As the debate concerning what constitutes meaningful and sustainable BB-BEE evolves, the NEF anticipates future funding and investment requirements to help black individuals, communities and businesses achieve each element of the Codes of Good Practice. These include a focus on preferential procurement, broadening the reach of black equity ownership, transformation in management and staff and preventing the dilution of black shareholding.
The NEF differentiates itself not only with a focused mandate for BB-BEE, but by also assuming a predominantly equity-based risk to maximise the Empowerment Dividend. Reward should balance the risk with the application of sound commercial decisions to support national priorities and government policy such as the Accelerated and Shared Growth Initiative for South Africa (AsgiSA) or targeted investments through the Department of Trade and Industry’s (the dti’s) Industrial Policy Framework (IPF).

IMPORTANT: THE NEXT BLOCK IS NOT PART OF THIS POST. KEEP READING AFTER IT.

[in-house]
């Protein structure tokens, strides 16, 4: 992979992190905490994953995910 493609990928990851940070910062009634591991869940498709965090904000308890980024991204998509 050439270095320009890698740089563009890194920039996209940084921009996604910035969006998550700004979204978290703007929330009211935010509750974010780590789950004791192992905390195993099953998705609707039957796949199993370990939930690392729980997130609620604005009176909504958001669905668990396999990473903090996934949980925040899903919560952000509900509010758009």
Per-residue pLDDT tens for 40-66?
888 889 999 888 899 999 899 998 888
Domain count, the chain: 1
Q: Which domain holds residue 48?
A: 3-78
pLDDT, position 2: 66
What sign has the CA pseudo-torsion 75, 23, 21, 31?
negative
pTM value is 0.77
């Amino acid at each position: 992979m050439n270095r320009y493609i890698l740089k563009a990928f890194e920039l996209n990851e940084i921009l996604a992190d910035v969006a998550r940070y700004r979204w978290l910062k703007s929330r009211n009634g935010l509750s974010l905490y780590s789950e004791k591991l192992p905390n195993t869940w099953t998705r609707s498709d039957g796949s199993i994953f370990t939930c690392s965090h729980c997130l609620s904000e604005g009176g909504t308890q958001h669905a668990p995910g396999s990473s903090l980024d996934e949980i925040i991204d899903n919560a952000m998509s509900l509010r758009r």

The work of the NEF therefore straddles and complements other Development Finance Institutions (DFIs) by allowing the organisations to work in close collaboration in the promotion of BB-BEE. With them, the NEF can enhance other DFIs and their mandates by sharing its specialist sector expertise and knowledge of BB-BEE.
Established by the National Empowerment Fund Act No 105 of 1998 (NEF Act), the National Empowerment Fund (the NEF) is a driver and thought-leader in promoting and facilitating black economic participation by providing financial and non-financial support to black empowered businesses, and by promoting a culture of savings and investment among black people. The operations of the NEF are governed by the Public Finance Management Act No 1 of 1991 (PFMA), including the National Treasury Regulations, the King III Report on Governance for South Africa and the Protocol on Corporate Governance in the Public Sector, 2002.